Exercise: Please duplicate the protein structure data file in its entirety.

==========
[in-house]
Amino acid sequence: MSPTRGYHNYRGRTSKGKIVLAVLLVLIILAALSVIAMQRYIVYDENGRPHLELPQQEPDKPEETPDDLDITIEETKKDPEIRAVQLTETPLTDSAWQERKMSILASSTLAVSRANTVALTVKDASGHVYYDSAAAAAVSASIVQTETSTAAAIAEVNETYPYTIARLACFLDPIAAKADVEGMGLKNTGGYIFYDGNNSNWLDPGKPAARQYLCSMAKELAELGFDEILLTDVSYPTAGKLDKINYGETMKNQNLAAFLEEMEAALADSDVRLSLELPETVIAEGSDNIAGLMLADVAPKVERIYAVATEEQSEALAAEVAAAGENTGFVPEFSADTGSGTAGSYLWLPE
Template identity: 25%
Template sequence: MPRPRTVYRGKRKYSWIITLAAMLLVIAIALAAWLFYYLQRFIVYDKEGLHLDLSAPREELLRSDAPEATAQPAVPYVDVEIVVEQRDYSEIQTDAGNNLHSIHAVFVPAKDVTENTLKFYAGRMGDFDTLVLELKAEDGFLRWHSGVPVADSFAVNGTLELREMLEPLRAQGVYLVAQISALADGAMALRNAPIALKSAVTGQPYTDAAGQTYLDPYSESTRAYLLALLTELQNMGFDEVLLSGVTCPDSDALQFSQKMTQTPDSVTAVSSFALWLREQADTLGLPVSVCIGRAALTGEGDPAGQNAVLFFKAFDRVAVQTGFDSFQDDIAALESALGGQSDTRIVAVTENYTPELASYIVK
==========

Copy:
[in-house]
Amino acid sequence: MSPTRGYHNYRGRTSKGKIVLAVLLVLIILAALSVIAMQRYIVYDENGRPHLELPQQEPDKPEETPDDLDITIEETKKDPEIRAVQLTETPLTDSAWQERKMSILASSTLAVSRANTVALTVKDASGHVYYDSAAAAAVSASIVQTETSTAAAIAEVNETYPYTIARLACFLDPIAAKADVEGMGLKNTGGYIFYDGNNSNWLDPGKPAARQYLCSMAKELAELGFDEILLTDVSYPTAGKLDKINYGETMKNQNLAAFLEEMEAALADSDVRLSLELPETVIAEGSDNIAGLMLADVAPKVERIYAVATEEQSEALAAEVAAAGENTGFVPEFSADTGSGTAGSYLWLPE
Template identity: 25%
Template sequence: MPRPRTVYRGKRKYSWIITLAAMLLVIAIALAAWLFYYLQRFIVYDKEGLHLDLSAPREELLRSDAPEATAQPAVPYVDVEIVVEQRDYSEIQTDAGNNLHSIHAVFVPAKDVTENTLKFYAGRMGDFDTLVLELKAEDGFLRWHSGVPVADSFAVNGTLELREMLEPLRAQGVYLVAQISALADGAMALRNAPIALKSAVTGQPYTDAAGQTYLDPYSESTRAYLLALLTELQNMGFDEVLLSGVTCPDSDALQFSQKMTQTPDSVTAVSSFALWLREQADTLGLPVSVCIGRAALTGEGDPAGQNAVLFFKAFDRVAVQTGFDSFQDDIAALESALGGQSDTRIVAVTENYTPELASYIVK